It is a path that many men and women have trod upon in the centuries, also in the last century, showing a strength that led them to martyrdom because of their own faith and because of the common cause of peace. The living religions have an inner force that can show the way of good.
It has been already many years, starting from very different situations and traditions (and never denying this difference), that we have become convinced that good is identified in dialogue, in understanding. We do not want to be overwhelmed by the wages of pessimism that generate mistrust, narrowness, bitter retreat within oneself.
However, as it emerges from the reading of the closing appeals (15 till now) of all our meetings, we have constantly stressed just this: Religions are decisive in establishing a relationship of brotherhood among peoples. Paraphrasing Patriarch Athenagora, a Christian of rare wisdom, we should say: sisterly religions, brotherly peoples.
But, in our world, religions can be involved in nourishing conflicts, in making borders holy, in blessing atavistic differences and in baptizing the new ones. Religions are put under the ambiguous pressure of the partisan and nationalistic parties. Many men and women, as disoriented as they are today, search sometimes in religions emotional material to build protective walls and to cut bridges which are deemed dangerous.
From this arise frightening fundamentalisms -- which are the infant diseases of religions: According to them, human life can be sacrificed, and peace is a defeat. However, our contemporary world is ravaged not only by religious fundamentalisms, but also by ethnic fundamentalisms, which have sacrificed so much to the idolatry of a group or of a race.
Pessimism can find many reasons to spread itself. It conquers confused hearts that do not have spiritual points of reference, but are prisoners of a consumers' logic: to live is to have and to consume. On the wall of one of the most refined Italian cities, Florence, I saw: "Do not think, just consume!" That logic affirms itself in the great voids left open by the end of Socialism, which was an oppressive regime but also a common political faith of many people.
This logic nourishes itself through observation of worrying international scenarios, like those of war and terrorism that leave us with the impression of hard times. This logic is confirmed by many situations of tension: There is too much hatred, much resentment, too much fear spread along the ways of this world and they sometimes take the path of violence, even of mad terrorism. Yes, there are reasons to say that it is time to close ourselves, not to open ourselves to dialogue, that these are times made of iron, not of handshakes.
All the same, this is not the fundamental attitude that the religions, even given their differences in spirituality and their ways of faith, have toward man. They -- and I repeat it -- in their diversity, speak to humanity that they consider weak and sinful, but indicate as well a way (or ways) to reach perfection, considering that humanity is not lost despite its inherent weakness and evil. The religions communicate to man in the hope that, with the spiritual arms of faith, he can become better.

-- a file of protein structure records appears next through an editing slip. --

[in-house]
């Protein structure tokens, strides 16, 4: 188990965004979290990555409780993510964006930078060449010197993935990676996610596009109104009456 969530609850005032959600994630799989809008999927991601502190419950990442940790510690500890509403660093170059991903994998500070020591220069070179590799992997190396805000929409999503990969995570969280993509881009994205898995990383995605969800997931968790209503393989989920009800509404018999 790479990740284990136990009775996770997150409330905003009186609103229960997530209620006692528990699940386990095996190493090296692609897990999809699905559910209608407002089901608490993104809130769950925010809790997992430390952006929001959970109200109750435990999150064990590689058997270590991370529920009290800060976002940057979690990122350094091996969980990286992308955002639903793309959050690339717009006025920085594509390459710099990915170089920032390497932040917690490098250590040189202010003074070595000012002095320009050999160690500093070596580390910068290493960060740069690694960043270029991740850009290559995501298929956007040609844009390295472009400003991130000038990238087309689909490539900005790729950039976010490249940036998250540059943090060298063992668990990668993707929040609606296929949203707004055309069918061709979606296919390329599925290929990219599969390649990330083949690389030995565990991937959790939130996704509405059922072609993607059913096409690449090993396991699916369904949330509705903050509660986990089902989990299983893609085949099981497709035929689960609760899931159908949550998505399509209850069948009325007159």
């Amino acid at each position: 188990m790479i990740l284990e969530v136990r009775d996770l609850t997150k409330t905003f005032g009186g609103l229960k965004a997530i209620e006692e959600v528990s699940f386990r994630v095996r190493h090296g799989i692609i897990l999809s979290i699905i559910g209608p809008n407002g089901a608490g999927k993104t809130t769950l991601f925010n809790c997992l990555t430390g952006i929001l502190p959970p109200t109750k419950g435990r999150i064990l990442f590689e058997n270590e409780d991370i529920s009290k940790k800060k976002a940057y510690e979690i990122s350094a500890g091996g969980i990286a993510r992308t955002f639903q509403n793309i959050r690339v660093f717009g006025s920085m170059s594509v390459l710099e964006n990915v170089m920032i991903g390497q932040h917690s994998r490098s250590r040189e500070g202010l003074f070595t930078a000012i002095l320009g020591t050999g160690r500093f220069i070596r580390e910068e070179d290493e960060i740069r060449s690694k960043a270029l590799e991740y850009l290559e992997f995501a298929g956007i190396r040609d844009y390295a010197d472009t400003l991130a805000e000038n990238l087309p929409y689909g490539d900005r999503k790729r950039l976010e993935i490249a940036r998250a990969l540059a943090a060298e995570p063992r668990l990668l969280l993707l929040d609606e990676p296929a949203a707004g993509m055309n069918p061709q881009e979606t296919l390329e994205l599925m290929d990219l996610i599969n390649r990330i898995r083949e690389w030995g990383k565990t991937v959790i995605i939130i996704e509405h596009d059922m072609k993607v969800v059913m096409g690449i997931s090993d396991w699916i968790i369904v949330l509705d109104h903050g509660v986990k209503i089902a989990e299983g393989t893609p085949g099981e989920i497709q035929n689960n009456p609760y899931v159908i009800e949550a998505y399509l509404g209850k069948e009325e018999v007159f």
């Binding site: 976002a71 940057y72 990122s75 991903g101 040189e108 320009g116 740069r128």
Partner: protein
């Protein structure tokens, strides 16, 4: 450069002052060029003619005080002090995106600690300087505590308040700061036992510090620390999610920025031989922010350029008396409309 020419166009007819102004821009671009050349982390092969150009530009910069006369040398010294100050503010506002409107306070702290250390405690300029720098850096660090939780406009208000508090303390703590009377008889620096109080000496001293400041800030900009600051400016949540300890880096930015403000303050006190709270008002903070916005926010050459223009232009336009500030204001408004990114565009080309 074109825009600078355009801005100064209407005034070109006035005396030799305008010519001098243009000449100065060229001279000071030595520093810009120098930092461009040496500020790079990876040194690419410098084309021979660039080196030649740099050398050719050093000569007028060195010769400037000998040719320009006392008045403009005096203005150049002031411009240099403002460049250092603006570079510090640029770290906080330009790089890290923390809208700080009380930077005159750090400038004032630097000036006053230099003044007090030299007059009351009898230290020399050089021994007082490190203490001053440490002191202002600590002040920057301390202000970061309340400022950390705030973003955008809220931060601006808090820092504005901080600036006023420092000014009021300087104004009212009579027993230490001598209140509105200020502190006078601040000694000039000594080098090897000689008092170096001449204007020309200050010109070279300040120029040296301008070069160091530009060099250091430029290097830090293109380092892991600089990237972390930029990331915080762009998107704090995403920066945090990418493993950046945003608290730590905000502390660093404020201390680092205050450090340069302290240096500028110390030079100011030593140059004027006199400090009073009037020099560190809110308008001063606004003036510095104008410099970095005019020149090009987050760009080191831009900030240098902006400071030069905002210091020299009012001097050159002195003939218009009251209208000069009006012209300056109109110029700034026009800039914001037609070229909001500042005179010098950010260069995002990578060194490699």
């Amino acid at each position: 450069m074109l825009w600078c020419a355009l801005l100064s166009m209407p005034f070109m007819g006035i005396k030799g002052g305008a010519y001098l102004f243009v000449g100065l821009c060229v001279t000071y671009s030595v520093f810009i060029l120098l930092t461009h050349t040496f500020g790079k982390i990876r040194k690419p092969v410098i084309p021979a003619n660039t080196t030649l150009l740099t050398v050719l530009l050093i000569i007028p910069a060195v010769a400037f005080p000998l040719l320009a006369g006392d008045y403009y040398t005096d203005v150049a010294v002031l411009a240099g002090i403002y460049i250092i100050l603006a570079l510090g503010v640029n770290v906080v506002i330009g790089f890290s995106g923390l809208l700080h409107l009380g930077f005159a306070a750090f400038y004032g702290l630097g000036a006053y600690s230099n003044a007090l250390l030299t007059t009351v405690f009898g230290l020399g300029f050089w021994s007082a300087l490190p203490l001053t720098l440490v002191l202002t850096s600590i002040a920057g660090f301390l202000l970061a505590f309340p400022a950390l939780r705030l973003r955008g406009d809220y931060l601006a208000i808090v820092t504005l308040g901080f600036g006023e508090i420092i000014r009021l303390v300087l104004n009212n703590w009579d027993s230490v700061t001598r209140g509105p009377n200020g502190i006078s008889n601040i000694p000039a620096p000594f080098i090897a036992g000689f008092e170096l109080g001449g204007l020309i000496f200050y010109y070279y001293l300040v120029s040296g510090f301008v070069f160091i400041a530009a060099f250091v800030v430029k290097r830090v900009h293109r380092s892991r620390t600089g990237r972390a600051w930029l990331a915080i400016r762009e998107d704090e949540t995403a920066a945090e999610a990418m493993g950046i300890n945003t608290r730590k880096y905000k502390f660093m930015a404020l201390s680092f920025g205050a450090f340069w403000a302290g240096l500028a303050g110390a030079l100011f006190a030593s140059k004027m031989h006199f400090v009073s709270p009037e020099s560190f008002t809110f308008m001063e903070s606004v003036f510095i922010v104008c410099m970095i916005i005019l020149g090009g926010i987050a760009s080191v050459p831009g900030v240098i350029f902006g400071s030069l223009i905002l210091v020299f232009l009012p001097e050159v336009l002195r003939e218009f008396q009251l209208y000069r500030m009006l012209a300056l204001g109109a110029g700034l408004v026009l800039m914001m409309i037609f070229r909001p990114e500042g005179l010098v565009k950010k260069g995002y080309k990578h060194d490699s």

Today the religions have a great responsibility to communicate -- to the women and men who feel disoriented in our times -- the hope of becoming better. And -- as we said in Barcelona last year -- the religions and the religious communities live today in the same space, they live together, next to each other. Living together can be most fertile, but can also be risky, and it can be easy to yield to conflicts or at least to contempt. Pessimism turns to contempt, and contempt can always turn into violence.
Religious leaders cannot yield to this. They are, and they must be, aware of this: of their responsibility, according to their own spiritual traditions, to communicate hope and at the same time achieve a climate of peace, an education for the love of peace.
This is the nature of the responsibility of religion. The 20th century, the most secular century since the beginning of history, seemed, until yesterday, a period of tremendous crisis, if not the death of religion. It has ended, instead, as a period in which religion is the relevant actor of history.
The responsibility of religious men and women has grown with respect to what could have been imagined just yesterday. At the same time, in a world where closeness has grown with respect to the past, and in an universe characterized by globalization, this responsibility is not only toward people of one's own faith, but also toward those who are external to one's own religious community.
Perhaps, for the first time in history, some religious communities have been brought to seriously consider their responsibility toward religious people of a different faith, external to their own. External, but not foreign. No one, much less a religious community, in our contemporary world, can live only for oneself, concentrated on oneself and one's own -- however noble -- problems. This change is not trivial, especially for those religious communities that are historically used to living alone. But this is not the case today. No one lives alone and only for oneself.
Greater closeness, mutual understanding, dialogue, religious invocation of peace -- are all more necessary today than in the past. It is our common conviction that we have practiced, not in unreal syncretism, but in that art of dialogue that characterizes our discussions and our encounters. This conviction, after Sept. 11 and after this past year, has been reinforced.